# Two CW complexes with isomorphic homotopy groups and homology, yet not homotopy equivalent

A standard example of two CW complexes which have isomorphic homotopy groups but are not homotopy equivalent is $RP^2 \times S^3$ and $RP^3 \times S^2$.

The easiest way to see that they are not homotopy equivalent is by looking at their homology (i.e. ala the Kunneth formula).

What is an example of two CW complexes with isomorphic homotopy groups and homology, yet not homotopy equivalent?

It seems like an obvious place to look would be to have non-isomorphic cohomology (as rings). If there is such an example, then the next question would be for an example of two non-homotopy equivalent CW complexes with isomorphic homotopy groups, and isomorphic homology (as graded groups) and cohomology (as rings). Do such examples exist? I suspect they do, but I don't know any.

Update: there are good answers below to the first question, with links. But it seems to still beg the question about cohomology: does anyone know an example of two non-homotopy equivalent CW complexes with isomorphic homotopy groups, homology groups, and cohomology rings?

• – Grigory M Dec 6 '11 at 18:02
• (Re: update) See Johannes Ebert's answer @ MO – Grigory M Dec 6 '11 at 20:27

$S^2\times S^2$ and $\mathbb CP^2\#\overline{\mathbb CP^2}$ have the same homotopy and homology groups but not homotopy equivalent since they have non-isomorphic cohomology rings (link).

• You can also add $\mathbb{C}P^2 \#\mathbb{C}P^2$ to that list. – Jason DeVito Jun 3 '12 at 0:56

Sorry to be late to the party, but here's an example of 2 compact simply connected manifolds which have the same homotopy groups, same homology groups, same cohomology ring, and yet are not homotopy equivalent. The examples are motivated by Grigory M's examples:$S^2\times S^2$ and $\mathbb{C}P^2\#\overline{\mathbb{C}P^2}$. His examples are both $S^2$ bundles over $S^2$.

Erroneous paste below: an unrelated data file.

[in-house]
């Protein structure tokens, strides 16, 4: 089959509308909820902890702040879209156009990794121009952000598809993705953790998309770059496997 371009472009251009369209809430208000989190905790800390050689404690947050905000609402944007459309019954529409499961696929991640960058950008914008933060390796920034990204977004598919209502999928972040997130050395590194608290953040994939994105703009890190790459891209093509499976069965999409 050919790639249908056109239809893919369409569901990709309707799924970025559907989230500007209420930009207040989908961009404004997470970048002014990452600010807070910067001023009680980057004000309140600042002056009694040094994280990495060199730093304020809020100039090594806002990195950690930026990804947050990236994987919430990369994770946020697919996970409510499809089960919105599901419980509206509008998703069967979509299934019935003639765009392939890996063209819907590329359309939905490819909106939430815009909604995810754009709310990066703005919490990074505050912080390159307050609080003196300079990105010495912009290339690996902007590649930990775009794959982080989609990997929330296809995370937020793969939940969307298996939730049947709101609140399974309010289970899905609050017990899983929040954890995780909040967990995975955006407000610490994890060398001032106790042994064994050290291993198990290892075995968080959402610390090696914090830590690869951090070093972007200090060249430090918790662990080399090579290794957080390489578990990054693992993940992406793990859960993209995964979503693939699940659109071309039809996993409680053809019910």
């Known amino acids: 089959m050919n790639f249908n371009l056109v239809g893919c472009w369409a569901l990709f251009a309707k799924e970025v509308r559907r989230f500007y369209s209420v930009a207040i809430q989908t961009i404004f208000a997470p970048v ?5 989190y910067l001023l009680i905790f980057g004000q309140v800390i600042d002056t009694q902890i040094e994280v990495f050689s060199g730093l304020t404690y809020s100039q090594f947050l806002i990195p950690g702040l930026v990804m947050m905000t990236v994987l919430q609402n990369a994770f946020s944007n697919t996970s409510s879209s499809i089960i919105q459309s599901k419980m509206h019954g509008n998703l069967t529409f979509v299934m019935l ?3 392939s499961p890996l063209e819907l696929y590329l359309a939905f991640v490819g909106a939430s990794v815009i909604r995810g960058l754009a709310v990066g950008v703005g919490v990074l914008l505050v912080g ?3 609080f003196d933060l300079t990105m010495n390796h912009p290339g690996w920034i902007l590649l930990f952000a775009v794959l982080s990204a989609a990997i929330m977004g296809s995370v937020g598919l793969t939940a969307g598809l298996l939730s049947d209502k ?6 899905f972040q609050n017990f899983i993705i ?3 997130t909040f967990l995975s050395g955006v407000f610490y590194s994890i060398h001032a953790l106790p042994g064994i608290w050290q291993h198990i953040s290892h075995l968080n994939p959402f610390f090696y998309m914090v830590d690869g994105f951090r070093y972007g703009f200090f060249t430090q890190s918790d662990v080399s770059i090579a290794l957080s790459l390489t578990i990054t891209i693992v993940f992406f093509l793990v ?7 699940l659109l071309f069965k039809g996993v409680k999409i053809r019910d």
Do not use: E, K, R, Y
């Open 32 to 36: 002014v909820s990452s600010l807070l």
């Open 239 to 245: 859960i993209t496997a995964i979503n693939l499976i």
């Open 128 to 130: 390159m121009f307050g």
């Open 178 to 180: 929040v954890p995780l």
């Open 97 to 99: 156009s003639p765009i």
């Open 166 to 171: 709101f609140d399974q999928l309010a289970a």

If we extend this further, it turns out there are precisely two $S^3$ bundles over $S^2$. Of course, one is the product $S^3\times S^2$, while another doesn't have a more common name, so I'll just denote it $S^3\hat{\times} S^2$.

Both of these spaces are diffeomorphic to quotients of free linear $S^1$ actions on $S^3\times S^3$. Letting $X$ denote either bundle, we have a long exact sequence of homotopy groups $$...\pi_k(S^1)\rightarrow \pi_k(S^3\times S^3)\rightarrow \pi_k(X)\rightarrow \pi_{k-1}(S^1)\rightarrow ...$$

which can be used to show that $\pi_k(X) \cong \pi_k(S^3\times S^3)$ for $k\geq 2$ and $\pi_1(X) = \{e\}$ and $\pi_2(X) \cong \mathbb{Z}$.

The Hurewicz theorem together with Universal coefficients theorem implies $H^1(X) = 0$ and $H^2(X) \cong \mathbb{Z}$. Poincare duality then forces the rest of the cohomology rings to agree.

Finally, to see $S^3\times S^2$ and $S^3\hat{\times} S^2$ are different, one computes the Stiefel-Whitney classes of their tangent bundles. It turns out $w_2(S^3\times S^2) = 0$ while $w_2(S^3\hat{\times}S^2)\neq 0$. (And all other Stiefel-Whitney classes are $0$ for both spaces). Since the Stiefel-Whitney classes can be defined in terms of Steenrod powers, they are homotopy invariants, so $S^2\times S^3$ and $S^3\hat{\times}S^2$ are not homotopy equivalent.

• Looking back on this example years later, I feel I should add that there is nothing special about $S^3$ bundles over $S^2$. In fact, there are always precisely two linear $S^n$ bundles over $S^2$ (for $n\geq 2$). For $n\geq 3$, they have isomorphic homotopy groups and cohomology rings, but $w_2$ distinguishes them. – Jason DeVito Sep 6 '15 at 14:30

The lens spaces $L(p,q_1)$ and $L(p,q_2)$ are homotopy equivalent if and only if $q_1q_2 \equiv \pm n^2 \mod p$ for some $n\in \mathbb{Z}$ (and homeomorphic if and only if $q_1 = \pm q_2^{\pm} \mod p$.) The homology groups and cohomology ring only depend on $p$.

The homotopy groups are isomorphic as well, since each $L(p,q)$ is the quotient of $S^3$ by a $\mathbb{Z}/p$ action. Off the top of my head I'm not sure how $\pi_1$ acts on the higher groups.

I am not sure about the homotopy groups, but the standard example is to look at $S^2\vee S^4$ and $\mathbb{C}P^2$. They have the same homology groups and the same cohomology groups, but the cohomology rings are different. Now suspend each space once and now they have the same ring structure, all products are zero. However, they are different modules over the Steenrod algebra.

Again, I don't know if the homotopy groups are the same. In fact, there stable homotopy groups must be different because of an Adams Spectral Sequence computation.

• $\pi_3(S^2\vee S^4)=\pi_3(S^2)=\mathbb Z$, $\pi_3(\mathbb CP^2)=\pi_3(S^5)=0$. – Grigory M Dec 7 '11 at 5:03